Last week, London Southbank University student union apologised for censored the Atheist Society's posters. Here, society president Cloe Ansari tell us her side of the story.
By Cloe Ansari
The late Christopher Hitchens once said:
"Isn't it a famous old story that the man who has to read all the pornography in order to decide what's fit to be passed and what's fit not to be, is the man most likely to be debauched?"
This is exactly the right anecdote for censorship within our universities. Not only do the establishments try and decide what is offensive but, in our case, even fellow students take it upon themselves to deface and tear up our atheist posters.
A re-fresher's fayre (or fair?) is an opportunity for societies to gain more attention and also new members. For a newly-founded secular society, the stall we were appointed was essential for our cause. On the day prior to the Spaghetti Monster incident, it took over an hour to set up the poster board, sticking each individual picture up in the hope of attracting new keen atheists.
When returning to the stall the following day it seemed that our stall had indeed attracted attention, but clearly the unwanted kind. Whilst examining the poster board there was a glaring rectangular gap where the Spaghetti Monster had once proudly flew. Not only was it removed from our board, but also from other places in the Student's Union.
Two of the Student Experience union staff said that I would be able to reprint it. But when I was about to, I was told to stop.
Hearing that the Flying Spaghetti Monster was reported as "offensive" was beyond laughable. Varying reasons were given at that point.
Firstly I was told it was offensive because it had a "naked man". Even after offering to cover Adam's genitals there was no resolution. Not only did these officials feel the need to be offended on behalf of others, but also that they had a right to censor art.
The second reason was because it involved a "religious painting". The irony is that the "naked man" was the original part of Michelangelo's drawing. Contradictions aren't anything new to the religious, but in this case it seemed to be a misunderstanding about freedom of speech.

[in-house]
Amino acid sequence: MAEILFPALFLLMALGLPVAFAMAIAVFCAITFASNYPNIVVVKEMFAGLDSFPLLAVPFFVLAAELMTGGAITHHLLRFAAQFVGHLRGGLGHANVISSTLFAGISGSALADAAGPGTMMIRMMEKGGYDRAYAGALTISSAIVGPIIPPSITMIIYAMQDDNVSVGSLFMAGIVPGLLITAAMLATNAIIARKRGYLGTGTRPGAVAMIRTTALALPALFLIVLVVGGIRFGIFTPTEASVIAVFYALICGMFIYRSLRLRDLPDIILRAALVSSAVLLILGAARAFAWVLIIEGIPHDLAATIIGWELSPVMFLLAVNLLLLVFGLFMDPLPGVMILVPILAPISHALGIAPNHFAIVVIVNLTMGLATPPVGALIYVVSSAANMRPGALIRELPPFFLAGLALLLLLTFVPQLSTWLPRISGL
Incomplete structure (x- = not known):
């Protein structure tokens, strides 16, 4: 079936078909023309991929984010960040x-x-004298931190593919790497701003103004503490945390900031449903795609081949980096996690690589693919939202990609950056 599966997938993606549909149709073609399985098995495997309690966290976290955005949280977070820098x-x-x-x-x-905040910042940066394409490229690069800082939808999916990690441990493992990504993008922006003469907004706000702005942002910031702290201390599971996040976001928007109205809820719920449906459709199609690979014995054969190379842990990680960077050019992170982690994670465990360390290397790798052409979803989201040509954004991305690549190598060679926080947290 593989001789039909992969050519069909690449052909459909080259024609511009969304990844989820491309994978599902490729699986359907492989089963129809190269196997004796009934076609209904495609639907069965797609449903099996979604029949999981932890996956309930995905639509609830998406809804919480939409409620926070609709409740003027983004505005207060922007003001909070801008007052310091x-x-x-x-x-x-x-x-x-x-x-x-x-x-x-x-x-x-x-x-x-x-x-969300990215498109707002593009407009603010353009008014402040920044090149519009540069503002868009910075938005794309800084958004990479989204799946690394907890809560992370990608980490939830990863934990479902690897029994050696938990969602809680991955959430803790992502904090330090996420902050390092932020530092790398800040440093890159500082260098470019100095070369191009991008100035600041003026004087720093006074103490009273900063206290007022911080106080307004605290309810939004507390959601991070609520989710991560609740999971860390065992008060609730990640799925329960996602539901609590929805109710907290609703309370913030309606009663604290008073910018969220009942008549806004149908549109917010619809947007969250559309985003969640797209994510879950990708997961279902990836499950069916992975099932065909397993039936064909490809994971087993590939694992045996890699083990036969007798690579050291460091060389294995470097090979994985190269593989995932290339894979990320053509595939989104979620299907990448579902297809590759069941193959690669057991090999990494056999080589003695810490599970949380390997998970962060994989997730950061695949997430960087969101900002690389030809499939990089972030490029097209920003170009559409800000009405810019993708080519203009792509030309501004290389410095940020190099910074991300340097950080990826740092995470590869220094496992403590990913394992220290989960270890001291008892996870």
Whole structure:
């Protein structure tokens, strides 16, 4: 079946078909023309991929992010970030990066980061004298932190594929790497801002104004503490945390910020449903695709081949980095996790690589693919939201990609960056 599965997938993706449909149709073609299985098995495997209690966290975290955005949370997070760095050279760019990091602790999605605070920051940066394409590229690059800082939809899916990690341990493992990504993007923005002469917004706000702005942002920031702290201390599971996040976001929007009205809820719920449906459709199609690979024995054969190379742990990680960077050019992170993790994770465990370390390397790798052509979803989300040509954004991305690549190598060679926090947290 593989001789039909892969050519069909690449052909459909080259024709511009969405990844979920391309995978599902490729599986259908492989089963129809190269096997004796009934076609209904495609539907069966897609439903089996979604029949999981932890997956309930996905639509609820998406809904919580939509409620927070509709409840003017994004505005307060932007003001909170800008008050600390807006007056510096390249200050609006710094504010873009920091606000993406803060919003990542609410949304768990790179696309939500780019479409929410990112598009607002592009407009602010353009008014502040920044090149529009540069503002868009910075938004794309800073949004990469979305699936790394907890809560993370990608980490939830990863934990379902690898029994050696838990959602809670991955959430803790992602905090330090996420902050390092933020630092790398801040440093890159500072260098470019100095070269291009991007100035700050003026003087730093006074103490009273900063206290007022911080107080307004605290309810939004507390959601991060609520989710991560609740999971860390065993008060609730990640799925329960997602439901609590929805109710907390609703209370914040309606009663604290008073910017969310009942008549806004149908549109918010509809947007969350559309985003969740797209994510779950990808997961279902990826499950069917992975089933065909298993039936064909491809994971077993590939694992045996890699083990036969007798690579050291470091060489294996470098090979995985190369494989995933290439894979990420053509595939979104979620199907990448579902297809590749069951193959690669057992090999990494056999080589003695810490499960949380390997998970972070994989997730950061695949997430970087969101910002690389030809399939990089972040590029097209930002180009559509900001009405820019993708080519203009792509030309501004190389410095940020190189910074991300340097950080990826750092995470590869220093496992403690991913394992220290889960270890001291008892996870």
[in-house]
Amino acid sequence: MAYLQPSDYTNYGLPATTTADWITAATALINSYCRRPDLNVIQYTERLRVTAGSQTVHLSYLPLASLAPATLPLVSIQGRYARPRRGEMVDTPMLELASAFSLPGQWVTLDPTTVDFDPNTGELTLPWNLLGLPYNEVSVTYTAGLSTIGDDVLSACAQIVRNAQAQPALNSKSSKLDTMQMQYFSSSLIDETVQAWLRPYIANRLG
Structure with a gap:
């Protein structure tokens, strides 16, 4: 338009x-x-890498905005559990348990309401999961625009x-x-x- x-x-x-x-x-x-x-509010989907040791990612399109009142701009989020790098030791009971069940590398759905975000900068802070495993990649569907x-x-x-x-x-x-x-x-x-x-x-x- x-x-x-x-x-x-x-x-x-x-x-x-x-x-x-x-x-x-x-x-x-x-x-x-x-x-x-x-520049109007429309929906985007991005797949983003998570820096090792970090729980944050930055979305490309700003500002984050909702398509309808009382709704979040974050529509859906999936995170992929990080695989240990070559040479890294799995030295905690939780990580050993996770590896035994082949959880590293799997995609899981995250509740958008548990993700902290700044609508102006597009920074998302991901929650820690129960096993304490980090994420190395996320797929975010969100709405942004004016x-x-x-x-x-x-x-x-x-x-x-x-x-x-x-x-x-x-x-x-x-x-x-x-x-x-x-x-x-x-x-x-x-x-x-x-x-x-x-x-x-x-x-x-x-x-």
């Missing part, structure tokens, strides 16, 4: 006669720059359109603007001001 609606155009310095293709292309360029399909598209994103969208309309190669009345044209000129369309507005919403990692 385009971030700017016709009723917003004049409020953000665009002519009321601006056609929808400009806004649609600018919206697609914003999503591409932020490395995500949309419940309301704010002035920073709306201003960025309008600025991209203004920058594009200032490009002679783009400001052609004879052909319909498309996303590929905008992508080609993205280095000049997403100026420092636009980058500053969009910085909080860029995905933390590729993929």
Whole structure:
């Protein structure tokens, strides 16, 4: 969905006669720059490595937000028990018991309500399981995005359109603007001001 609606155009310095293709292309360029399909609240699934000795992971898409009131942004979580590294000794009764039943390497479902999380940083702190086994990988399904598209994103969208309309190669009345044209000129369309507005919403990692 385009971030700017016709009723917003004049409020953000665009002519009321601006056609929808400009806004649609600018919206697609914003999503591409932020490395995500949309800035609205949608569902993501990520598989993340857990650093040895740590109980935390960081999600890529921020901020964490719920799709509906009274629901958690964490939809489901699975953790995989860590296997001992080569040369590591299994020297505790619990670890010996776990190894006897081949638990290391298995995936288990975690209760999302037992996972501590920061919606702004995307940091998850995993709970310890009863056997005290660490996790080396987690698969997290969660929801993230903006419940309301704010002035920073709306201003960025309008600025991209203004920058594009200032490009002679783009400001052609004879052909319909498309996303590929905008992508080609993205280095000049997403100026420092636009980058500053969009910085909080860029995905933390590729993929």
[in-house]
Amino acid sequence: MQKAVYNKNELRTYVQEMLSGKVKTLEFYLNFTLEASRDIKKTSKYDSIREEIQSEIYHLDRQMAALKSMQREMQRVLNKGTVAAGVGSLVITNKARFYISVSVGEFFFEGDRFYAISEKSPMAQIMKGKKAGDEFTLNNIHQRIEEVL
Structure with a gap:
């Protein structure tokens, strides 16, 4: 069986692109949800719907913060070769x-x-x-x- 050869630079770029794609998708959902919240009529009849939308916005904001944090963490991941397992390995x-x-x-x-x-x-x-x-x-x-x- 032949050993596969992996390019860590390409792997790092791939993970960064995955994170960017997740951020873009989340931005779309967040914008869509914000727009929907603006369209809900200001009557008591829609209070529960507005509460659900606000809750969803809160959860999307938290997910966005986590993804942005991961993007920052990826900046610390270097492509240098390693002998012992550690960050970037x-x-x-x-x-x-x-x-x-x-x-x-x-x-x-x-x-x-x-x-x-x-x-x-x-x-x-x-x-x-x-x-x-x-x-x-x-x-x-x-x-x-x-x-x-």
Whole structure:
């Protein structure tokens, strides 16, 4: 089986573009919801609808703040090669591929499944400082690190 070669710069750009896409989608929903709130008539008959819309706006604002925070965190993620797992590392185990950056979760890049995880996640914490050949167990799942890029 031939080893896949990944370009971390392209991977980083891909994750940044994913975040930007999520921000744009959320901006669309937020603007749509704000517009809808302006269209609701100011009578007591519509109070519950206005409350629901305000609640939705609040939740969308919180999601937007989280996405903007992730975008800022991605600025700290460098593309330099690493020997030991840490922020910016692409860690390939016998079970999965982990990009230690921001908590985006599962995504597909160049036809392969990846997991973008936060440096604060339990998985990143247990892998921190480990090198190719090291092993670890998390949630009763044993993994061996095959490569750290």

Another union staff member informed us that we had to be "considerate". When I tried to argue the subjectivity of offence he would not listen to my side.
These people thought they had the right to take down our posters without any discussion. What does this say about censorship at universities? Would they have removed a religious poster that I, as a non-believer, was offended by? Of course not. This is exactly the reason why, as an atheist society, we have struggled to be fully established and be able to express ourselves from the start.
The following day we returned to see that our stall had been taken by the LGBTQ society, who we are supporters of. The issue here is that even though, as the union has stated, there were other stalls who were moved, ours was the only society who had their posters taken down from the board.
Universities are assumed to be places of free-thought and freedom of expression, yet time and time again we are facing the issue of censorship on behalf of religion.
There were no Italians complaining because of the pasta referencing. Religion remains a subject that is either questioned at our own risk or not touched on at all.
In our resolution meeting, the student union made it clear that they do allow us, as atheists, the same rights as other religious societies. Is this only because they have been faced with too many tough questions? In the future, we will have to find this out.
As the university have acknowledged, there was a miscommunication about policies, but we have to ask, who has the right to choose what could offend others? In places of education this will always be an issue.
As promoters of free-thought we will always fully support the right to display pink unicorns, red wine, or spaghetti and meatballs with eyes, because who has the right to tell us not to?
Cloe Ansari is president of the South Bank Atheist Society
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